What Is Cognitive Science? Its Basic Ideas And Development Phases

Cognitive science

Cognitive Science is a set of studies about the mind and its processes. Formally, it originated in the 1950s, along with the development of computer operating systems. It currently represents one of the areas that has most strongly impacted the analyzes of different scientific disciplines.

We will see below what Cognitive Science is and, based on a tour of the history of its development, we will explain what approaches make it up.

What is cognitive science?

Cognitive Science is a multidisciplinary perspective on the human mind which can be applied to other information processing systems, as long as they maintain similarities in terms of the laws that govern the processing.

Beyond being a body of knowledge with particular characteristics that are distinguishable from other bodies of knowledge; Cognitive Science is a set of sciences or disciplines of a scientific nature. It includes, for example, philosophy of mind, linguistics, neuroscience, cognitive psychology and studies in artificial intelligence, as well as some branches of anthropology.

In fact, Fierro (2011) tells us that it is probably more appropriate to call this science “cognitive paradigm”; since it is an approach to the mental, made up of basic principles, problems and solutions that has impacted scientific activity in different areas.

4 phases and perspectives of Cognitive Science

Valera (cited by Fierro, 2011) speaks of four main stages in the consolidation of cognitive science: cybernetics, classical cognitivism, connectionism, and corporatization-enaction. Each of them corresponds to a stage in the development of Cognitive Science, however, none of these has disappeared or been replaced by the next. These are theoretical approaches that coexist and are constantly problematized. We will see, following the same author, what each one is about.

1. Cybernetics

Cybernetics developed from 1940 to 1955 and is recognized as the stage in which the main theoretical tools of Cognitive Science appeared. It coincides with the appearance of the first computers and computer operating systems, which in turn laid the foundations for studies in artificial intelligence. At once, Different theories are developed about information processing, reasoning and communication.

These operating systems were the first self-organized systems, that is, they worked based on a series of previously programmed rules. Among other things, these systems and their functioning generated central questions for Cognitive Science. For example, do machines have the ability to think and develop autonomy like human beings?

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The impact specifically on psychology was decisive, since the beginning of the 20th century had seen marked by the predominance of psychoanalysis and behaviorism. The first does not focus so much on understanding “the mind”, but rather “the psyche”; and the second focuses strictly on behavior, so mental studies were relegated if not directly discarded.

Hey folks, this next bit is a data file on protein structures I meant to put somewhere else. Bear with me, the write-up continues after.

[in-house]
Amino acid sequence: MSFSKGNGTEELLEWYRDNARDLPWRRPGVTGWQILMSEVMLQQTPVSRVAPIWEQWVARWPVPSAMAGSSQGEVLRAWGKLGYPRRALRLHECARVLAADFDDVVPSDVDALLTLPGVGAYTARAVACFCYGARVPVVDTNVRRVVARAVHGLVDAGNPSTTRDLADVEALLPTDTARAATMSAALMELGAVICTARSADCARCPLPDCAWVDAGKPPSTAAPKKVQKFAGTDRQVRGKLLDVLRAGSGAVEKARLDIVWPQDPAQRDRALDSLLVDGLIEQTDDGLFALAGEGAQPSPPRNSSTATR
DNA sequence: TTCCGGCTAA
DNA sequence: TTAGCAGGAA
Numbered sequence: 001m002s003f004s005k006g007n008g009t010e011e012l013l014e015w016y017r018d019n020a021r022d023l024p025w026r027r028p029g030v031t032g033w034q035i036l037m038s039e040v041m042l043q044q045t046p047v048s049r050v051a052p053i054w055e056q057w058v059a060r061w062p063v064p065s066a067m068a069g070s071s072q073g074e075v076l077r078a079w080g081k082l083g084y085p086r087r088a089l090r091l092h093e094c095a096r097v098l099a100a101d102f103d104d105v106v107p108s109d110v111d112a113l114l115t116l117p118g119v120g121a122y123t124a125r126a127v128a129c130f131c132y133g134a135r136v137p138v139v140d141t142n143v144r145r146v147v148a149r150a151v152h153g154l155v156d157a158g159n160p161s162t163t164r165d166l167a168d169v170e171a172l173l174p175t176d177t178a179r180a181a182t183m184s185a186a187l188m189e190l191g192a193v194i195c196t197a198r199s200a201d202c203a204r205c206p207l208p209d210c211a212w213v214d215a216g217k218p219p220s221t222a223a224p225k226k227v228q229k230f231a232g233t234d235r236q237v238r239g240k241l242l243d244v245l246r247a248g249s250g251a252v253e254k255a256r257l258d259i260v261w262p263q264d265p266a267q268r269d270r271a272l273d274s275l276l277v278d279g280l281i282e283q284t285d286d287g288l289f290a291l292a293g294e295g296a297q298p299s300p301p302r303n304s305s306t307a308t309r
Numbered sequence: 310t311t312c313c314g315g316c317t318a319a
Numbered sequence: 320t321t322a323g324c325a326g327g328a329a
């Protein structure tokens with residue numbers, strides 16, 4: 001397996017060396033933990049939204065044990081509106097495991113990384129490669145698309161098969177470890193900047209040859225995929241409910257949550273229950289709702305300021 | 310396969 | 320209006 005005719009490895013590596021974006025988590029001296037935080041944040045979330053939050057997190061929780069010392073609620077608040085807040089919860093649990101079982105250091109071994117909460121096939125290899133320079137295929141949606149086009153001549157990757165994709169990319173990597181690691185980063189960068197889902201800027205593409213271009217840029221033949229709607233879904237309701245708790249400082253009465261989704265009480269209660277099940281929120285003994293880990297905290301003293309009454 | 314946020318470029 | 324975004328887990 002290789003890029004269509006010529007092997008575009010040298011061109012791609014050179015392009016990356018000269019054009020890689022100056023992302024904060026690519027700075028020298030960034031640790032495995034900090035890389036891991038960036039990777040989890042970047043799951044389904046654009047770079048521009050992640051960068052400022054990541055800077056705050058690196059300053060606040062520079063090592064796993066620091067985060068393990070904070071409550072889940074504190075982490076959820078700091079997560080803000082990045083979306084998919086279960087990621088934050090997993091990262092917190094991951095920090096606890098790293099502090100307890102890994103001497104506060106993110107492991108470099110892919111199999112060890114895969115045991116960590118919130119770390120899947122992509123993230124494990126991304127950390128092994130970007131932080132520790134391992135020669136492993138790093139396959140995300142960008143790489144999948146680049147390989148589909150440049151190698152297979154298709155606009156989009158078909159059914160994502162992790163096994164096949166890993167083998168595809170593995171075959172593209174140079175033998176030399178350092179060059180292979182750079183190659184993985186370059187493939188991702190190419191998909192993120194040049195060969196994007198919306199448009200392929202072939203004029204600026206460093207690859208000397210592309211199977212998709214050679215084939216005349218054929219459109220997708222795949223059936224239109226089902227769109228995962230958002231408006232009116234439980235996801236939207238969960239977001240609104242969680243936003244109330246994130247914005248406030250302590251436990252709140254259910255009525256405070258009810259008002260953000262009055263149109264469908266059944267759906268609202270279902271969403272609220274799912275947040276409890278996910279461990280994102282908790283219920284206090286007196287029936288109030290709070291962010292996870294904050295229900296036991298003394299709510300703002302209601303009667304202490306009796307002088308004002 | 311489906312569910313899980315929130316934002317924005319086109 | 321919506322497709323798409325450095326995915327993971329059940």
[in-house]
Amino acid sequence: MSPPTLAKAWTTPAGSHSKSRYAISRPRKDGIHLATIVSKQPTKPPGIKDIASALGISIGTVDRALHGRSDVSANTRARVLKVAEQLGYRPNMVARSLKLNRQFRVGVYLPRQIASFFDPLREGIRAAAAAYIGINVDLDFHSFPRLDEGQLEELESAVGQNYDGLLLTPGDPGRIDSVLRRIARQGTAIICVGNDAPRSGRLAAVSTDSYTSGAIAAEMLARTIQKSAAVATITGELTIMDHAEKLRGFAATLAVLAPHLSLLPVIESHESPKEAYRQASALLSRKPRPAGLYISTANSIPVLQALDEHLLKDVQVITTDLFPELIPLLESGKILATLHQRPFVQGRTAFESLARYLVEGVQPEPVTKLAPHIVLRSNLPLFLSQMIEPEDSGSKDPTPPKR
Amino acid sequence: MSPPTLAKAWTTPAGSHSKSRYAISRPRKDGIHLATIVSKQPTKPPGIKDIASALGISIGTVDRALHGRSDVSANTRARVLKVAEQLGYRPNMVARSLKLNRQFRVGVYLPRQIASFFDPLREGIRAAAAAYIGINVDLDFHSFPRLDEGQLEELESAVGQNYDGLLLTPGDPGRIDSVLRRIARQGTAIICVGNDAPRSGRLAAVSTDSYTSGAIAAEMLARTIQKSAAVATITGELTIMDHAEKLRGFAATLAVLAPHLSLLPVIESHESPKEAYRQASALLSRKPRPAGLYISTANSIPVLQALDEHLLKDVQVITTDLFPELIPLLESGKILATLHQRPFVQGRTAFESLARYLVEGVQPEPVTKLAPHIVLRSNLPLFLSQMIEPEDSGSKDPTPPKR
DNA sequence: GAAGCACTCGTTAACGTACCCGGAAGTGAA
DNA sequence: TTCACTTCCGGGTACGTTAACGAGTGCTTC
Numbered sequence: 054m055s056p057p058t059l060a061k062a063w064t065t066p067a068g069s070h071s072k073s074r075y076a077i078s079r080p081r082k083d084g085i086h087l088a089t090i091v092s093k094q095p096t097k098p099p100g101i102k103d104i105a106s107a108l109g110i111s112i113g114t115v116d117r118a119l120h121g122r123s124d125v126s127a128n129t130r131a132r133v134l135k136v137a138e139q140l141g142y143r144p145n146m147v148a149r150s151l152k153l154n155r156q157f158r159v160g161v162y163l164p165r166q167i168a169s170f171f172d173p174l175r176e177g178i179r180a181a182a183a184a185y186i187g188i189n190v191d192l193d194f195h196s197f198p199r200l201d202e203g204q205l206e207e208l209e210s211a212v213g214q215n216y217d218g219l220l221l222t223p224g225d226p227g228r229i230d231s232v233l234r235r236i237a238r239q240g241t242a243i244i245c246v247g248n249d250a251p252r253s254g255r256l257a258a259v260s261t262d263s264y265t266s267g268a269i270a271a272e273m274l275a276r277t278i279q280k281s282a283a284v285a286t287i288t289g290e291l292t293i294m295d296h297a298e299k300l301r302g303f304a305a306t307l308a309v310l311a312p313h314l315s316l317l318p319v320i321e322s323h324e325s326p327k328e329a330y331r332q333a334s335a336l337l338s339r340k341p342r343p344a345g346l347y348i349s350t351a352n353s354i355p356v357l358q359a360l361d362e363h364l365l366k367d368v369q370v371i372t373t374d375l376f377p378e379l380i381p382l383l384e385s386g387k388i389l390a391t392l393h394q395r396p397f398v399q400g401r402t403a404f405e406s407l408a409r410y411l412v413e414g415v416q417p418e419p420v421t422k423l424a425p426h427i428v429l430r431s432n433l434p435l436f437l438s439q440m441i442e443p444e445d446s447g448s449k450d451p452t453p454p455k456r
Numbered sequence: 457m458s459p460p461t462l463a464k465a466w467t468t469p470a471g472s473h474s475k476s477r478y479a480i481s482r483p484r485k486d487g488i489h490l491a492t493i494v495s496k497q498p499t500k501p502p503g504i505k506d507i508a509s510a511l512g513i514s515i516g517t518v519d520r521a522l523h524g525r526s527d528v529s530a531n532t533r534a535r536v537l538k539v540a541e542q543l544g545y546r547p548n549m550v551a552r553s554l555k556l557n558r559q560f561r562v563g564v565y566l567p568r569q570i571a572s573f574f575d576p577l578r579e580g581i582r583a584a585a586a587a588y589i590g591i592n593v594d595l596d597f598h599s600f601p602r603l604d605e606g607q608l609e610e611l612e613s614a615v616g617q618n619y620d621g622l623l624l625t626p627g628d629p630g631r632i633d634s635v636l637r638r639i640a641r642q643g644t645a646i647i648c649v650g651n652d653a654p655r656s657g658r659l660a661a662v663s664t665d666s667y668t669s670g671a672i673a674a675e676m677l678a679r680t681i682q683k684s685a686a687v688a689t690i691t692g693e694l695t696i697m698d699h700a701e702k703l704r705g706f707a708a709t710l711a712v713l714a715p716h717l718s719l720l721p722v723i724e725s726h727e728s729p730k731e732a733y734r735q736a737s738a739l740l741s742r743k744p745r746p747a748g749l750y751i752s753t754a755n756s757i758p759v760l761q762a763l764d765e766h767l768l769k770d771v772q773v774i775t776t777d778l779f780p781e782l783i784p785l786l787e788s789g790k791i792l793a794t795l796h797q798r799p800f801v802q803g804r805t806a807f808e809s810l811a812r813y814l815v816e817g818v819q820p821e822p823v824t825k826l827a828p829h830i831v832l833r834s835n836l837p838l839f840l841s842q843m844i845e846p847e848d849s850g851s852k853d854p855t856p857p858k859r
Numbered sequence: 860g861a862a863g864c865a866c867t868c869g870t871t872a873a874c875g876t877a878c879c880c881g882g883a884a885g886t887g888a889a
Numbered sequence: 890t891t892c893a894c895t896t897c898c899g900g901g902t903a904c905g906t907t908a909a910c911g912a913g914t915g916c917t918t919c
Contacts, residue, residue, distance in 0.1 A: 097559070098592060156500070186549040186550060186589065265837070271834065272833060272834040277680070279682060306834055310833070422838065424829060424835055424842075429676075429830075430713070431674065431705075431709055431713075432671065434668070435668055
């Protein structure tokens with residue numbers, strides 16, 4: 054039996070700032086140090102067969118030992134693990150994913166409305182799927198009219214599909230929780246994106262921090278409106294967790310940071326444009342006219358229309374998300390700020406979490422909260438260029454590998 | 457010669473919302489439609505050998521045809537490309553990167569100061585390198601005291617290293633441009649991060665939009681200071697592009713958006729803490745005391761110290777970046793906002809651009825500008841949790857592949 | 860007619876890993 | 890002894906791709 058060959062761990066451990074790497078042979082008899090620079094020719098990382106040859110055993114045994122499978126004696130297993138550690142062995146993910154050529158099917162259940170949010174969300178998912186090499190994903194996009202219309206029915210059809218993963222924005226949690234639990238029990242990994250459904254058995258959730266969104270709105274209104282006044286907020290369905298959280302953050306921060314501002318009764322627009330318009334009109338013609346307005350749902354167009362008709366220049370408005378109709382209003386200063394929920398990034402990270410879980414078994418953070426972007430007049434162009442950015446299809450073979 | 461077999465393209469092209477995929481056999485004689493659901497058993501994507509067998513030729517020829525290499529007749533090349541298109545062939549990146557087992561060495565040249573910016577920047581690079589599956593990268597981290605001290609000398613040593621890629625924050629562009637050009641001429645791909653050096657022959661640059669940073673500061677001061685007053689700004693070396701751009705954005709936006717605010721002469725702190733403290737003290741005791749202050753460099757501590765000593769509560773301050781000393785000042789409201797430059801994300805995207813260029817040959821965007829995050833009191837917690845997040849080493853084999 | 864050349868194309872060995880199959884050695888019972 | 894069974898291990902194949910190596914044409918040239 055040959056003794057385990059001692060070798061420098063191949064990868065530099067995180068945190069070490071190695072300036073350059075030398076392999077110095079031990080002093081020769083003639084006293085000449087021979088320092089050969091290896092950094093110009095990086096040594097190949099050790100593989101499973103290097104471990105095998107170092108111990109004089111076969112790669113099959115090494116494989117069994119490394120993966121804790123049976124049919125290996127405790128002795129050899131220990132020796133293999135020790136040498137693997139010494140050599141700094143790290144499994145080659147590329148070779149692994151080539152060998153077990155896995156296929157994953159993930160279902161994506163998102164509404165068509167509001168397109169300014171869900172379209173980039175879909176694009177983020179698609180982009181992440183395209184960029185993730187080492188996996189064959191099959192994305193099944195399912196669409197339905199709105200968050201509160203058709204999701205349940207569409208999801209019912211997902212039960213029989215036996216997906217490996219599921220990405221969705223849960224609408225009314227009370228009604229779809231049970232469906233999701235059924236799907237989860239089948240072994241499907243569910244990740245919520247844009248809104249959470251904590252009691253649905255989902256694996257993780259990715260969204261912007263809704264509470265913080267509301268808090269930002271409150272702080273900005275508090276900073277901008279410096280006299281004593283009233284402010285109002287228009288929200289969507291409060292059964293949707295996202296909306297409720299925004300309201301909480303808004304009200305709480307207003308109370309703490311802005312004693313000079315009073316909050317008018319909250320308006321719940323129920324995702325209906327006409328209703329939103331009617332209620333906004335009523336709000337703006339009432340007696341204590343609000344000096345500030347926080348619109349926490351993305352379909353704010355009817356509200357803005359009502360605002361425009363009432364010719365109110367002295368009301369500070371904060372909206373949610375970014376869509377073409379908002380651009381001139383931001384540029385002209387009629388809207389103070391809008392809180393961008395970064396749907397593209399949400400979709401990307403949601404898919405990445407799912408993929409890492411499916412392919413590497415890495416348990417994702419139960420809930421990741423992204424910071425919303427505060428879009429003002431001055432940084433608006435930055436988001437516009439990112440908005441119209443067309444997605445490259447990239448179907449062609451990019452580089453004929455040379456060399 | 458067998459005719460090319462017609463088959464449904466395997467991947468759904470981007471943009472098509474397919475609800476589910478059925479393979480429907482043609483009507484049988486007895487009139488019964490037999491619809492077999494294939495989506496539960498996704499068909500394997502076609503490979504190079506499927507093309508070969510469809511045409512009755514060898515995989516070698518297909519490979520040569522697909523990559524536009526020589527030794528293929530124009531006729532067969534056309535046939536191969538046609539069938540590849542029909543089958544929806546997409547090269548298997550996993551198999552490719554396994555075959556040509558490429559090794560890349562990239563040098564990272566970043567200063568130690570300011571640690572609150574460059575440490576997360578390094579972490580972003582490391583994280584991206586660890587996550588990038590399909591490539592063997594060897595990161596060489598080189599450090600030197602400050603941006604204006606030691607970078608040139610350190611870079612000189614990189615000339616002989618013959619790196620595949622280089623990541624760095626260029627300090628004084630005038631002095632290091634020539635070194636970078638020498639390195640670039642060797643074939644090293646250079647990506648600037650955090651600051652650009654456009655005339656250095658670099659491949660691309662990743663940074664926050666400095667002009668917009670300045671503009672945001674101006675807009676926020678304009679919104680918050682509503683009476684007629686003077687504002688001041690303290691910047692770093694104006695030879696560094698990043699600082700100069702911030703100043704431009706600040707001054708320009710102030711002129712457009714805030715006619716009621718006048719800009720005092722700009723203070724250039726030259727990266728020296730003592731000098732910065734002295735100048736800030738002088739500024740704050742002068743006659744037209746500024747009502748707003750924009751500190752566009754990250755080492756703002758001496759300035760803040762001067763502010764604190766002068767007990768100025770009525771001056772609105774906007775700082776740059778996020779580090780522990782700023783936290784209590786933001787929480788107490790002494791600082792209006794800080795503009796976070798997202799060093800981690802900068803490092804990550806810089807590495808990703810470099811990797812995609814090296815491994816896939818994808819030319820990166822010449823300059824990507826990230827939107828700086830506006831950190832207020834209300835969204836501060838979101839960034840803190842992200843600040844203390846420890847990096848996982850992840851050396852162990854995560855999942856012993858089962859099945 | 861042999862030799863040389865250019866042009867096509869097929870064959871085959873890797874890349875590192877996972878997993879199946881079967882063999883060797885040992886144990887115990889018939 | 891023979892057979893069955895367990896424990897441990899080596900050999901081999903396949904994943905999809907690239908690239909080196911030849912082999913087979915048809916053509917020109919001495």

For Cognitive Science at the time, the interest was neither in psychic structuring nor in observable behavior. In fact, it was not focused on the structure and anatomical functioning of the brain (which will later be recognized as the place where mental processes are generated).

Rather, he was interested in find systems equivalent to mental activity that would allow it to be explained and even reproduced. The latter is specified with the analogy of computational processing, where it is understood that the human mind works through a series of inputs (incoming messages or stimuli), and outputs (the generated messages or stimuli).

2. Classical cognitivism

This model is generated by the contributions of different experts, both from computer science and psychology, artificial intelligence, linguistics and even economics. Among other things, this period, which corresponds to the mid-60’s, finishes consolidating the previous ideas: all types of intelligence works much like computer operating systems.

Thus, the mind was an encoder/decoder of fragments of information, which gave rise to “symbols”, “mental representations” and sequentially organized processes (one first and the other later). For this reason, this model is also known as a symbolist, representationalist model or sequential processing model.

Beyond studying the materials on which this is based (the hardware, which would be the brain), it is about finding the algorithm that generates them (the software, which would be the mind). From this the following is derived: there is an individual who, automatically following different rules, processes, represents and explains the information internally (for example using different symbols). And there is an environment that, functioning independently of this, can be faithfully represented by the human mind.